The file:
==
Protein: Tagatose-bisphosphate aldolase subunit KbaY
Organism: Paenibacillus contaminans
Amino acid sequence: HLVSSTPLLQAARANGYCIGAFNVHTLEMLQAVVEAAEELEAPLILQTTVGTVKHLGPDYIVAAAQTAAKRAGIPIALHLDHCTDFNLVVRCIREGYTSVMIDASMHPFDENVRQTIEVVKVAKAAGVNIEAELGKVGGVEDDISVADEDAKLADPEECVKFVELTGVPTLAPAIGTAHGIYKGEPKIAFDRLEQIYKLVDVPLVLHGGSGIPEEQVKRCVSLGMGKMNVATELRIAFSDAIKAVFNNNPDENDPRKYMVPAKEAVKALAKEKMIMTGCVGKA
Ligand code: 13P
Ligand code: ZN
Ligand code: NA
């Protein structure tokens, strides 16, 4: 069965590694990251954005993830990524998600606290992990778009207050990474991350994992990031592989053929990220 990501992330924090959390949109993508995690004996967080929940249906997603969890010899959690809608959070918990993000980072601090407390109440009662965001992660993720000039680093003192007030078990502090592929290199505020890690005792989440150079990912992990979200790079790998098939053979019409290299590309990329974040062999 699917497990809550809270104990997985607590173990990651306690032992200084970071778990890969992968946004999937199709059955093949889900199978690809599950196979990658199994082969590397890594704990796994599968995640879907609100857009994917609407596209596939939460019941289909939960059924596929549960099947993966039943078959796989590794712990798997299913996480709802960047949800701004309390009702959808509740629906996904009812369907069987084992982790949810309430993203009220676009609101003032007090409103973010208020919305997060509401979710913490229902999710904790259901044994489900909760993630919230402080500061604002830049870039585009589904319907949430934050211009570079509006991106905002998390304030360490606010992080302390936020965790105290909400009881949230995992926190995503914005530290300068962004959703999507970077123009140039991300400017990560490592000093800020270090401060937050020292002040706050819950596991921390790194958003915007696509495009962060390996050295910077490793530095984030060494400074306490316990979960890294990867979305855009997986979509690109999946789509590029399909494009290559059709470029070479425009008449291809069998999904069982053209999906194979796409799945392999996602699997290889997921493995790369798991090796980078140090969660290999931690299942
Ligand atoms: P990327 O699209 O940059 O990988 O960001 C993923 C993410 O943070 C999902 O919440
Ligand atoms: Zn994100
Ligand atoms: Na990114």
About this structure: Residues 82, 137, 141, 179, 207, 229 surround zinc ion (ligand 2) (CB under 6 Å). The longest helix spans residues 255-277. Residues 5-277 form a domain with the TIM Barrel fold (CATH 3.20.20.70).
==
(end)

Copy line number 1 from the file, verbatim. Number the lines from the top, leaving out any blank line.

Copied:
Protein: Tagatose-bisphosphate aldolase subunit KbaY